- The Washington Times - Friday, August 20, 2021

President Biden on Friday nominated former Obama-era White House chief of staff and former Chicago Mayor Rahm Emanuel to serve as ambassador to Japan.

Mr. Emanuel, who represented Illinois in the House from 2003 to 2009, had been eyed for several positions in the Biden administration. He had been reportedly under consideration as U.S. Trade Representative or Transportation Secretary.

He has a connection with Mr. Biden, serving as former President Obama’s chief of staff from 2009 to 2011 when Mr. Biden was vice president.

But progressive groups pushed back against Mr. Emmanuel landing a high-profile administration position because of his handling of a 2014 police shooting of a Black teenager while mayor of Chicago.

He decided not to run for a third term amid the controversy over the shooting. Mr. Emanuel had served as mayor from 2011 to 2019.

The controversy could cloud his Senate confirmation hearing, but two top Democrats expressed support for his nomination.

House Speaker Nancy Pelosi, California Democrat, praised Mr. Emanuel for his “relentlessness and track record of success.”

“His great experience, from the U.S. House to the White House, will serve our nation well, as he works to deepen one of our nation’s most important alliances, champion American interests abroad and advance regional security and prosperity,” she said in a statement.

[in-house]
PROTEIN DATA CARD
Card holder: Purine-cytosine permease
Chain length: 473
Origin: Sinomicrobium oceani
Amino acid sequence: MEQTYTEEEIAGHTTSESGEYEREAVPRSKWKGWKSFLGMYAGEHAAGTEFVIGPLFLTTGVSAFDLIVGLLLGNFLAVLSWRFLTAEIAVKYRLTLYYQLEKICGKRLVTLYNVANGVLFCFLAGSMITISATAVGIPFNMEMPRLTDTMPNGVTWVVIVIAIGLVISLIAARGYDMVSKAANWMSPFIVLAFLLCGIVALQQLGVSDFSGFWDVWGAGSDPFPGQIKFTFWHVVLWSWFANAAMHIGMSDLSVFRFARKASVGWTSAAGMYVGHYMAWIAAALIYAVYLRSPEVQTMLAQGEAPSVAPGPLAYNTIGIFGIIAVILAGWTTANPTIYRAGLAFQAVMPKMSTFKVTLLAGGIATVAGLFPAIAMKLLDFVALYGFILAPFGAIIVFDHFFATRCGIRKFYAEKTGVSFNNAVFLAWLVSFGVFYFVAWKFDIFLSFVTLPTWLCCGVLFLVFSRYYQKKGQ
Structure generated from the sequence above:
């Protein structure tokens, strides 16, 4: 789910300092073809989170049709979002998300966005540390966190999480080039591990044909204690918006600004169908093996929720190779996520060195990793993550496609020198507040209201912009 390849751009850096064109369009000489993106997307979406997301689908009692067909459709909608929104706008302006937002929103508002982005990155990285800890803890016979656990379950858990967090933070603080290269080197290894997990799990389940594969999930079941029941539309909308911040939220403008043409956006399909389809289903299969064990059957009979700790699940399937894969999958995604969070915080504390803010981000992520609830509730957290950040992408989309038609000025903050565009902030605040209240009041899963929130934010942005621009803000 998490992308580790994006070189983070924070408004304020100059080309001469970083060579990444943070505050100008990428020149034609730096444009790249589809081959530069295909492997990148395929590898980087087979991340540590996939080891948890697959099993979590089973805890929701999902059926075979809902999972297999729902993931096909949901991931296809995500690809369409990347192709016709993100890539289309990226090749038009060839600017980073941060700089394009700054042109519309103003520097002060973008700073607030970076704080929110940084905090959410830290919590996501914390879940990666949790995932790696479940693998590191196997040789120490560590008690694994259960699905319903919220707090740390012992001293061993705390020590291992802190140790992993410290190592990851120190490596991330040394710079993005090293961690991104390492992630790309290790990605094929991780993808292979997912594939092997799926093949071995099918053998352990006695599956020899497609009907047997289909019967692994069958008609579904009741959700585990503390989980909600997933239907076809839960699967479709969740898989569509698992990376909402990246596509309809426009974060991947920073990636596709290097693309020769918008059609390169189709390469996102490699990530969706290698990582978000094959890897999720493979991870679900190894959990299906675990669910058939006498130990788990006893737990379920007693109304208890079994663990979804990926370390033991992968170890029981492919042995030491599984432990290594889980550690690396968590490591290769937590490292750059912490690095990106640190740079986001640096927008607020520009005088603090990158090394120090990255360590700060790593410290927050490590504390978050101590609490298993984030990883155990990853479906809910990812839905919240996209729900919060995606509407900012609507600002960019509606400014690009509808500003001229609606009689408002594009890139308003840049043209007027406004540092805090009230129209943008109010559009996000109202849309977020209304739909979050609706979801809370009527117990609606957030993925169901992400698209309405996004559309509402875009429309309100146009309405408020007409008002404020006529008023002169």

Sen. Dick Durbin, Illinois Democrat, who chairs the Senate Judiciary Committee, vowed to do “all I can to help Rahm become America’s voice in Japan.”

And House Majority Whip James Clyburn, South Carolina Democrat, said in a statement that he supports the nomination.

Sen. Bill Hagerty, Tennessee Republican and a former U.S. ambassador to Japan, congratulated Mr. Emanuel on his nomination and said he looked forward to speaking with him.

“I understand firsthand that the U.S.-Japan alliance is critical to security and prosperity in the Indo-Pacific,” he said. “Various challenges, including North Korea’s nuclear and missile threats and the Chinese Communist Party’s drive for domination, will continue to test the United States, Japan, and our allies and partners in the region.”

The White House touted Mr. Emanuel’s international experience while leading Chicago.

“As mayor, he oversaw increased economic development that revitalized the city and helped solidify its status as a global hub of culture and commerce,” the White House said in a statement Friday.

The White House also announced the nomination of Nicholas Burns to serve as ambassador to China.

A longtime diplomat, Mr. Burns served as ambassador to NATO under former President George W. Bush and ambassador to Greece under former President Clinton.

He also advised Mr. Biden on foreign policy during the 2020 campaign and served as State Department spokesperson under former President Clinton.

Mr. Burns is currently the executive director of the Aspen Strategy Group.

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